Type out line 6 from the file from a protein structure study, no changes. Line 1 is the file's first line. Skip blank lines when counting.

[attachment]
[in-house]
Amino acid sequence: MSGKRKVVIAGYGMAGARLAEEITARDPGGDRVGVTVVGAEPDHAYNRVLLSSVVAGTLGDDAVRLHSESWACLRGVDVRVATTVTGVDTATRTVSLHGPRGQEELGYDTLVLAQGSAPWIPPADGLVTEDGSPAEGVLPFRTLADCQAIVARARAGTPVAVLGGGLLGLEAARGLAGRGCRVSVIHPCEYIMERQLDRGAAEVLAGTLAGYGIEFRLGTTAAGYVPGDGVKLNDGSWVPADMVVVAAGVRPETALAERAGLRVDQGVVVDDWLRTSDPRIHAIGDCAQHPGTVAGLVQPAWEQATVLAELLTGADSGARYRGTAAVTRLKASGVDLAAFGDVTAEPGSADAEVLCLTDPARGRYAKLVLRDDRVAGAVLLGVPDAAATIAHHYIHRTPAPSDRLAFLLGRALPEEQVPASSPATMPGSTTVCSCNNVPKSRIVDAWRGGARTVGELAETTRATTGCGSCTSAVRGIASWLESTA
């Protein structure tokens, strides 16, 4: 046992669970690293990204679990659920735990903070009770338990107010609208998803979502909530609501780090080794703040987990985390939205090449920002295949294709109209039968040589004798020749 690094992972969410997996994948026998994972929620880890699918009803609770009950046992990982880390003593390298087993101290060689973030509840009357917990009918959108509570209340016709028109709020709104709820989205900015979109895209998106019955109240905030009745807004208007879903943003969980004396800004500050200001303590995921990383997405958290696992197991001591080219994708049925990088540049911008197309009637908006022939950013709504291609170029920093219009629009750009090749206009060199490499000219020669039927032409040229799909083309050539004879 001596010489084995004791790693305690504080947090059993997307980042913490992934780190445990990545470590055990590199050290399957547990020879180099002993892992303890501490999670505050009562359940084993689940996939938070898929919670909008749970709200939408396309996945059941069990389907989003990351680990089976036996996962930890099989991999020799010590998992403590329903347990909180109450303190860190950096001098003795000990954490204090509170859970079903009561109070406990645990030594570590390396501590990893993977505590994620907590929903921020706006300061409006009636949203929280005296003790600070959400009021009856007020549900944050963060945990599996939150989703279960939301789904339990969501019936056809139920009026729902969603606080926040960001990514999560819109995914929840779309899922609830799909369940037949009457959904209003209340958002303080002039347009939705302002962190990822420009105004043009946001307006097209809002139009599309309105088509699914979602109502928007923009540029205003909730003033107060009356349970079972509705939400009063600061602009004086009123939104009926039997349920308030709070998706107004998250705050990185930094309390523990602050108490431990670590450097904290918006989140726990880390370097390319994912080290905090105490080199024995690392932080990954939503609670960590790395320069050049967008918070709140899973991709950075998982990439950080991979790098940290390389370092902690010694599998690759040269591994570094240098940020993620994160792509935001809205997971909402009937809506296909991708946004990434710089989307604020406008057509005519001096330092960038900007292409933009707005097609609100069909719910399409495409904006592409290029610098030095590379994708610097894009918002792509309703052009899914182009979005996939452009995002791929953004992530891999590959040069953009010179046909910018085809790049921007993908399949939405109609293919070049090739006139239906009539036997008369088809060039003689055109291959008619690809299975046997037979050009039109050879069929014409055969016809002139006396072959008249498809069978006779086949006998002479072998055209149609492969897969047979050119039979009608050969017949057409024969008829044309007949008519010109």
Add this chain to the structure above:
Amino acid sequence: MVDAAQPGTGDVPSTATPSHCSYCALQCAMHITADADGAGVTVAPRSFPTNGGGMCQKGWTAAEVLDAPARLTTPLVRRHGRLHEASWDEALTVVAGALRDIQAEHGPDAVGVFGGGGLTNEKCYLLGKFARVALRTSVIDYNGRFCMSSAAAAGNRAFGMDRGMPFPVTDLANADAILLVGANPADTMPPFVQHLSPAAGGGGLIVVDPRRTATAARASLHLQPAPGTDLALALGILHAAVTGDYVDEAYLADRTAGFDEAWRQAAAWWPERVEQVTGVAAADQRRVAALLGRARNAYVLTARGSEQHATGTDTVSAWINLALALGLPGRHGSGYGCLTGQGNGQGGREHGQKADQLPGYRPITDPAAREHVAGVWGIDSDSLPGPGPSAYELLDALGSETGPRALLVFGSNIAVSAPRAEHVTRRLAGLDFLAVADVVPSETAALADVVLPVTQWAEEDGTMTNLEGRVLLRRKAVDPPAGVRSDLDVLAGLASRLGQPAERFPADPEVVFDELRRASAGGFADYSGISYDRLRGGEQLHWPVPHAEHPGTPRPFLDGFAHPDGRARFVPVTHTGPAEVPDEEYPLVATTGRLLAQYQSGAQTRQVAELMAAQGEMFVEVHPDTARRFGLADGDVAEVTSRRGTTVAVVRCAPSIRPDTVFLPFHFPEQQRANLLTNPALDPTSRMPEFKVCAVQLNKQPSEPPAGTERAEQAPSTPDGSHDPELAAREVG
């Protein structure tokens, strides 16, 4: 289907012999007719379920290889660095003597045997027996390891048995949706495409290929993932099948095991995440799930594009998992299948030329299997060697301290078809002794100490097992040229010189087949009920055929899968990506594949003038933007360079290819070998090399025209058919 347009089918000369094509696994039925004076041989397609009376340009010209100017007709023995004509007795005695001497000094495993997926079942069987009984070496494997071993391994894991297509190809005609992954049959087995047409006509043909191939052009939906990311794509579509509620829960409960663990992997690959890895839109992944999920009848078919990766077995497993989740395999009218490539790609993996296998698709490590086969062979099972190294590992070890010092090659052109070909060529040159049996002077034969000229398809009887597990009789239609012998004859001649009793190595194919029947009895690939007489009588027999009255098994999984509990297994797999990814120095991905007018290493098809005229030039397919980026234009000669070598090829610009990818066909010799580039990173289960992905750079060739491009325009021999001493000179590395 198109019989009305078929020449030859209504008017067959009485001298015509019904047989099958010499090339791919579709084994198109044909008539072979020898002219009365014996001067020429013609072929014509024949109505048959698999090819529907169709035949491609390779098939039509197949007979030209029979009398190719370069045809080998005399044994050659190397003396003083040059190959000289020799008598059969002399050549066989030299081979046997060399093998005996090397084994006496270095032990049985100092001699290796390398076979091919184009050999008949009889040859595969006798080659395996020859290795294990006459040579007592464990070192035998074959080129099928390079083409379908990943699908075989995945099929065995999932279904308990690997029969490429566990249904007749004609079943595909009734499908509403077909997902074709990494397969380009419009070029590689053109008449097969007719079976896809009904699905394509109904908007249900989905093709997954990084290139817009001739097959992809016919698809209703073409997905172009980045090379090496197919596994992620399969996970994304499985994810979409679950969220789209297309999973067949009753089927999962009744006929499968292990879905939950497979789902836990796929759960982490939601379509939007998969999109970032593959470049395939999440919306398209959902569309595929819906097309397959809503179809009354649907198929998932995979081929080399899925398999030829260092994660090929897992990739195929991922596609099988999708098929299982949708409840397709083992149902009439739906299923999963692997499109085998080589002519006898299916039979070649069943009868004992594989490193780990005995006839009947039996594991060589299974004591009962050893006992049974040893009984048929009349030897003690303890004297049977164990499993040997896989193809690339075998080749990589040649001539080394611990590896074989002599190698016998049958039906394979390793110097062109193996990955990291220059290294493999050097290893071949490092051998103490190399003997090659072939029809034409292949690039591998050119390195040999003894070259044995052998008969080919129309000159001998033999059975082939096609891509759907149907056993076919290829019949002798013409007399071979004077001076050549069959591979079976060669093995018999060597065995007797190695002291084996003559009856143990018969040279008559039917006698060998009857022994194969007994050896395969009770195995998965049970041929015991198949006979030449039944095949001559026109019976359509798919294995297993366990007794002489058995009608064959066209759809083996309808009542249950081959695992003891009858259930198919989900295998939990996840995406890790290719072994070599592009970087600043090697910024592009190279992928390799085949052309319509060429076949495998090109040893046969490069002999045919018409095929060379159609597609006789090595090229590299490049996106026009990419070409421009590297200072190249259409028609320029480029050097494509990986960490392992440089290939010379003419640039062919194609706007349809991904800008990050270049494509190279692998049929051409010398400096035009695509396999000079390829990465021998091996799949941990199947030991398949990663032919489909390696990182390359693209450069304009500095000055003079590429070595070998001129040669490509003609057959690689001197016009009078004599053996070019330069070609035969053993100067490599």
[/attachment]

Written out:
């Protein structure tokens, strides 16, 4: 289907012999007719379920290889660095003597045997027996390891048995949706495409290929993932099948095991995440799930594009998992299948030329299997060697301290078809002794100490097992040229010189087949009920055929899968990506594949003038933007360079290819070998090399025209058919 347009089918000369094509696994039925004076041989397609009376340009010209100017007709023995004509007795005695001497000094495993997926079942069987009984070496494997071993391994894991297509190809005609992954049959087995047409006509043909191939052009939906990311794509579509509620829960409960663990992997690959890895839109992944999920009848078919990766077995497993989740395999009218490539790609993996296998698709490590086969062979099972190294590992070890010092090659052109070909060529040159049996002077034969000229398809009887597990009789239609012998004859001649009793190595194919029947009895690939007489009588027999009255098994999984509990297994797999990814120095991905007018290493098809005229030039397919980026234009000669070598090829610009990818066909010799580039990173289960992905750079060739491009325009021999001493000179590395 198109019989009305078929020449030859209504008017067959009485001298015509019904047989099958010499090339791919579709084994198109044909008539072979020898002219009365014996001067020429013609072929014509024949109505048959698999090819529907169709035949491609390779098939039509197949007979030209029979009398190719370069045809080998005399044994050659190397003396003083040059190959000289020799008598059969002399050549066989030299081979046997060399093998005996090397084994006496270095032990049985100092001699290796390398076979091919184009050999008949009889040859595969006798080659395996020859290795294990006459040579007592464990070192035998074959080129099928390079083409379908990943699908075989995945099929065995999932279904308990690997029969490429566990249904007749004609079943595909009734499908509403077909997902074709990494397969380009419009070029590689053109008449097969007719079976896809009904699905394509109904908007249900989905093709997954990084290139817009001739097959992809016919698809209703073409997905172009980045090379090496197919596994992620399969996970994304499985994810979409679950969220789209297309999973067949009753089927999962009744006929499968292990879905939950497979789902836990796929759960982490939601379509939007998969999109970032593959470049395939999440919306398209959902569309595929819906097309397959809503179809009354649907198929998932995979081929080399899925398999030829260092994660090929897992990739195929991922596609099988999708098929299982949708409840397709083992149902009439739906299923999963692997499109085998080589002519006898299916039979070649069943009868004992594989490193780990005995006839009947039996594991060589299974004591009962050893006992049974040893009984048929009349030897003690303890004297049977164990499993040997896989193809690339075998080749990589040649001539080394611990590896074989002599190698016998049958039906394979390793110097062109193996990955990291220059290294493999050097290893071949490092051998103490190399003997090659072939029809034409292949690039591998050119390195040999003894070259044995052998008969080919129309000159001998033999059975082939096609891509759907149907056993076919290829019949002798013409007399071979004077001076050549069959591979079976060669093995018999060597065995007797190695002291084996003559009856143990018969040279008559039917006698060998009857022994194969007994050896395969009770195995998965049970041929015991198949006979030449039944095949001559026109019976359509798919294995297993366990007794002489058995009608064959066209759809083996309808009542249950081959695992003891009858259930198919989900295998939990996840995406890790290719072994070599592009970087600043090697910024592009190279992928390799085949052309319509060429076949495998090109040893046969490069002999045919018409095929060379159609597609006789090595090229590299490049996106026009990419070409421009590297200072190249259409028609320029480029050097494509990986960490392992440089290939010379003419640039062919194609706007349809991904800008990050270049494509190279692998049929051409010398400096035009695509396999000079390829990465021998091996799949941990199947030991398949990663032919489909390696990182390359693209450069304009500095000055003079590429070595070998001129040669490509003609057959690689001197016009009078004599053996070019330069070609035969053993100067490599």